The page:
As a number of sources are reporting, the adoptive parents of Lawrence King are blaming his school for his death and I sincerely hope that this, combined with the "blame the victim" defense that is likely to be mounted by Brandon McInerney's defense attorney do not obscure the real cause of Larry's murder: homophobia and the endless anti-gay jihad by Christianists. But for the constant anti-gay message that seeks in essence to dehumanize LGBT citizens and depict us as diseased or enemies of society, Larry would likely be alive today. The answer is not to force young gays to stay closeted, but to end the message of hate that creates the mindset where killing gays is in the last analysis acceptable. All legitimate medical and mental health experts say homosexuality is not a choice and in fact is "normal" for a percentage of the population and the Christianists need to be condemned for the hate-filled bigots that they are. Would that the media had some balls and guts and would take them on. James Dobson, Tony Perkins, Don Wildmon, Benedict XVI, et al, are in some ways just as guilty of Larry's murder as Brandon McInerney. Here are some highlights from 365gay.com:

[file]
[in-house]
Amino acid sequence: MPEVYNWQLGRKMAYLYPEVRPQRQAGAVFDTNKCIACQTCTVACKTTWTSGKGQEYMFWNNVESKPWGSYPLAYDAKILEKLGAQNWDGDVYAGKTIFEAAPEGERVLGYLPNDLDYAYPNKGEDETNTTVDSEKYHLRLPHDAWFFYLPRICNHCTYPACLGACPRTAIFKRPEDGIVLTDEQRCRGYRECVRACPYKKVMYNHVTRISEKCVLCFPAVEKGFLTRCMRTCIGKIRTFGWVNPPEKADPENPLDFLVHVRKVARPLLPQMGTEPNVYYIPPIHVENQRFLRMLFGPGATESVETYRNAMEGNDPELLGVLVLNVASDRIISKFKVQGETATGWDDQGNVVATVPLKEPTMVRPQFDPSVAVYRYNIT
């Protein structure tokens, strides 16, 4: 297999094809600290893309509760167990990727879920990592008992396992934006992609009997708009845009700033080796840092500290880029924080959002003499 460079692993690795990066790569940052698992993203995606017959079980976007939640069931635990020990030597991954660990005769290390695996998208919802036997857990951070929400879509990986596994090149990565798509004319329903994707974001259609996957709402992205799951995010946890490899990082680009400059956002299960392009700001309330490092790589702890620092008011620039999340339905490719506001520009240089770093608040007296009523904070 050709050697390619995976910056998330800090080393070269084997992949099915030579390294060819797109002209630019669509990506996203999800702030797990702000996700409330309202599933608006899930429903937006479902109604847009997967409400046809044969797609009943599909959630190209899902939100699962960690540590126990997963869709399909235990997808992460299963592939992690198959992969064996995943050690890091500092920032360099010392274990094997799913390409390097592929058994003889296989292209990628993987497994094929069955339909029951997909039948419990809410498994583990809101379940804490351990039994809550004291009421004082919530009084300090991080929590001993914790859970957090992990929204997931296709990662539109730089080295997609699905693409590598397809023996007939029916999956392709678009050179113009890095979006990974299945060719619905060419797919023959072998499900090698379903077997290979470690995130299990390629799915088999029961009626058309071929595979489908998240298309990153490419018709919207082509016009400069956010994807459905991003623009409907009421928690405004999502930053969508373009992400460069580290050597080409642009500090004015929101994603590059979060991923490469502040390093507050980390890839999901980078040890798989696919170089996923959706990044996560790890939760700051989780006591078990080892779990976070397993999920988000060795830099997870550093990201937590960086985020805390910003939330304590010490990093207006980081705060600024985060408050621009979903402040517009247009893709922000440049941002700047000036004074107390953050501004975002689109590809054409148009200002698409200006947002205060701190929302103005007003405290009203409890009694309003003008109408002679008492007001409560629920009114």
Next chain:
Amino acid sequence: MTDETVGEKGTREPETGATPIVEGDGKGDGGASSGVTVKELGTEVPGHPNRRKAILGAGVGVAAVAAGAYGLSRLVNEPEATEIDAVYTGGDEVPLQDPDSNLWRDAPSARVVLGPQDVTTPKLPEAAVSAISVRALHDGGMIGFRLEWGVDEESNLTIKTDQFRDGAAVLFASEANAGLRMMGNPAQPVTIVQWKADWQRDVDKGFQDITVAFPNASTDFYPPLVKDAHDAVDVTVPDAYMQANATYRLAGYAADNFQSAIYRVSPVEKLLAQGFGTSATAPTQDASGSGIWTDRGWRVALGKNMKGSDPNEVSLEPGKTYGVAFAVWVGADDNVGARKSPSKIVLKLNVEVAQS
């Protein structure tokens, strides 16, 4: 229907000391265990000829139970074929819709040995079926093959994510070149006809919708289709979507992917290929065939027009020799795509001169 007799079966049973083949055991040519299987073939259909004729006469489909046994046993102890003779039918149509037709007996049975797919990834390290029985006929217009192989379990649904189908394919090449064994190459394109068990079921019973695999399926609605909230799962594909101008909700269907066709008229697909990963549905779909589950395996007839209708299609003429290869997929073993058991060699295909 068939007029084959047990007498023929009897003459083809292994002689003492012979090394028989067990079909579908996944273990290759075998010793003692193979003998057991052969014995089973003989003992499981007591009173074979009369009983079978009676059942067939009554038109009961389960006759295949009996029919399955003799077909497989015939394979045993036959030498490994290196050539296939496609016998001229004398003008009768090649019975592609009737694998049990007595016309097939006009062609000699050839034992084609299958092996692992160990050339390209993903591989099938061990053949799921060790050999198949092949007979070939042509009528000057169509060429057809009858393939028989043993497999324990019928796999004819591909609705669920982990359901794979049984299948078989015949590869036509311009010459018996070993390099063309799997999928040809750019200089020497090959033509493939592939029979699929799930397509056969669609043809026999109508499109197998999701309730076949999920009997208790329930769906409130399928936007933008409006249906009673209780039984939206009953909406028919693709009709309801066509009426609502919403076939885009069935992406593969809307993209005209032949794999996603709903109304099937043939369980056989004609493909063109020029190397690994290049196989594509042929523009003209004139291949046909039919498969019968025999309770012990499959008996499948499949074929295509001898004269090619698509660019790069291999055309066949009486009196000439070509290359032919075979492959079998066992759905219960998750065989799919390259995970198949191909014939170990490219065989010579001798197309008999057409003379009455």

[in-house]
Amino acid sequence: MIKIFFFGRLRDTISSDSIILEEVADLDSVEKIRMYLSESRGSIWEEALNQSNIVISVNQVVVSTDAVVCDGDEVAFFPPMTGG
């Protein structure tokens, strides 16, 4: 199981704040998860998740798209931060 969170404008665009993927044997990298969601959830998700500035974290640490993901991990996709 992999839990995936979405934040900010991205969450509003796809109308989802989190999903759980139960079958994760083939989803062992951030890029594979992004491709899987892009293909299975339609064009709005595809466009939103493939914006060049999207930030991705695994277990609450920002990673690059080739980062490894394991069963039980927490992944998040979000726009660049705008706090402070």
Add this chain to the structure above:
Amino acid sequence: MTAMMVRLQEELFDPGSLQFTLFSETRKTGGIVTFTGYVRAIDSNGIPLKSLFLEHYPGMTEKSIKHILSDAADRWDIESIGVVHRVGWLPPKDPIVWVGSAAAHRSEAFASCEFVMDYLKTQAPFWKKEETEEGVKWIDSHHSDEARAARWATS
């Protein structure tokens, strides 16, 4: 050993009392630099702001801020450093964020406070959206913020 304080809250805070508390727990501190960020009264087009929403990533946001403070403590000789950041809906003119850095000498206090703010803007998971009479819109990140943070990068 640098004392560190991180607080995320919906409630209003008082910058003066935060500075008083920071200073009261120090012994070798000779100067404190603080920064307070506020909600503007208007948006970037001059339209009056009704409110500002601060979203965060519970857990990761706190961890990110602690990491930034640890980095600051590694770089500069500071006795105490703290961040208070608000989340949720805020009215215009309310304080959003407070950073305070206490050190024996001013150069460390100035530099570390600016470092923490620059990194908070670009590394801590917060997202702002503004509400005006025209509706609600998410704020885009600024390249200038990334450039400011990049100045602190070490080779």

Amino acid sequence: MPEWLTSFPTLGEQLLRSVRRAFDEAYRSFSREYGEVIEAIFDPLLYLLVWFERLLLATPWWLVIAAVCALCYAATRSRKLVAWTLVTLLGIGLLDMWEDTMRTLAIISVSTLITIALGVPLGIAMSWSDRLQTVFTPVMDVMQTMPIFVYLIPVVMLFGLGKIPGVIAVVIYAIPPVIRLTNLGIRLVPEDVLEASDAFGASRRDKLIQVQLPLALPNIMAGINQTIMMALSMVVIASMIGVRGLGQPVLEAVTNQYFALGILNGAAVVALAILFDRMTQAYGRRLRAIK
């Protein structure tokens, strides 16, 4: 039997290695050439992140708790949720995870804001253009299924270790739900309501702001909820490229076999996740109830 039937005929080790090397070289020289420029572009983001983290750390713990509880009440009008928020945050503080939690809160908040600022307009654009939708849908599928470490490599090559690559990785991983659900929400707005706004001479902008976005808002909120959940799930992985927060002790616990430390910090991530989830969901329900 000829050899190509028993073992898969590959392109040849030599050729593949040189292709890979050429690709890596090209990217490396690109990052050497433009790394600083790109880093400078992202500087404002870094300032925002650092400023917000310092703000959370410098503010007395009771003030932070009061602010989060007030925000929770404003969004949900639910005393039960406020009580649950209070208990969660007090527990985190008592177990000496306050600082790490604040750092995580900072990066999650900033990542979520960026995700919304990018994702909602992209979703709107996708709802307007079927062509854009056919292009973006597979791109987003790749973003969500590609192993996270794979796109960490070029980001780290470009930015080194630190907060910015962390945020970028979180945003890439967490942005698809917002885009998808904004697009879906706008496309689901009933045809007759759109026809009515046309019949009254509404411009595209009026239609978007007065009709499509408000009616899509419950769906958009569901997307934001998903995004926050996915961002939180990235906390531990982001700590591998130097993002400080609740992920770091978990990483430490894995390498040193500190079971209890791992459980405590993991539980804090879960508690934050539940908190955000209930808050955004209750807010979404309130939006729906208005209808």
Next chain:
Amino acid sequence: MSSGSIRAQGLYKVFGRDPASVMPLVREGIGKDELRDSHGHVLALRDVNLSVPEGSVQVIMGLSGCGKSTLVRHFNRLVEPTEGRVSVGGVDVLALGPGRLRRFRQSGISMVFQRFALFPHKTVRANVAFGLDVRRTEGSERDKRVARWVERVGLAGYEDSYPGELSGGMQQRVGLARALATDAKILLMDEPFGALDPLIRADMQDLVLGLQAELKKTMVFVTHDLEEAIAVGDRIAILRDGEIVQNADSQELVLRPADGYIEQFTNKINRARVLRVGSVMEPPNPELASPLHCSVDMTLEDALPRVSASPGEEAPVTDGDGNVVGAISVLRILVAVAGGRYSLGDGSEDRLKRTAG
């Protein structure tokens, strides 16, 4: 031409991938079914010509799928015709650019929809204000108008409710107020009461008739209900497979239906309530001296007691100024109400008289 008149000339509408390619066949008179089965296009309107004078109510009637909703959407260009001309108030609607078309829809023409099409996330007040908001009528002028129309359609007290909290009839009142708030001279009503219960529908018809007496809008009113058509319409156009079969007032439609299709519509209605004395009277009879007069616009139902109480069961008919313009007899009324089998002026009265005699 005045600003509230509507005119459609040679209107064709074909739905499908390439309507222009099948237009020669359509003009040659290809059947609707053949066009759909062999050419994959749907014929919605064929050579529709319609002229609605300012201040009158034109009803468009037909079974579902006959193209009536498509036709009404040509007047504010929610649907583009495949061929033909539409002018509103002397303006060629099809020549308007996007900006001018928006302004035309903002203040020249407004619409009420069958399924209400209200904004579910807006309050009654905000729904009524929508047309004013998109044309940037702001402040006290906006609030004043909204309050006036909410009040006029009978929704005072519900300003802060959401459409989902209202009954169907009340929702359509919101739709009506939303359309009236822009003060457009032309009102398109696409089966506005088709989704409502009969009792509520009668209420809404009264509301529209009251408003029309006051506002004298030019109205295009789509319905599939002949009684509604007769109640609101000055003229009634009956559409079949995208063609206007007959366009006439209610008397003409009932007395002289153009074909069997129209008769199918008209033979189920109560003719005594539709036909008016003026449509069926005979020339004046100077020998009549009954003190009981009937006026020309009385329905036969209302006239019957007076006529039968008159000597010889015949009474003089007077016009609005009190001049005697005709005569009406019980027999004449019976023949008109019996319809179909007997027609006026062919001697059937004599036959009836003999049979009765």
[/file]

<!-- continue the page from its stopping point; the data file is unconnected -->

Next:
(Oxnard, California) The parents of 15-year-old Larry King say he would never have been killed if the school had enforced the dress code. King was fatally shot in February by another student in an Oxnard school. The King family is suing the Oxnard school district claiming its failure to enforce the dress code led to King’s death. King reportedly wore feminine clothing and makeup to school. The suit seeks unspecified damages.
Last week, 14-year-old Brandon McInerney pleaded not guilty to killing King. McInerney is charged as an adult with first degree murder and a hate crime for the Feb. 12 shooting. McInerney faces 51 years to life without the possibility of parole if convicted. King was shot in the head during a morning class. More than 20 other students were in the room at the time.
McInerney’s attorney also has suggested that some of the blame for the murder must rest with the school. He told the Los Angeles Times earlier this year that while the school allowed King to explore his sexuality, it did nothing to quell the unrest among other students.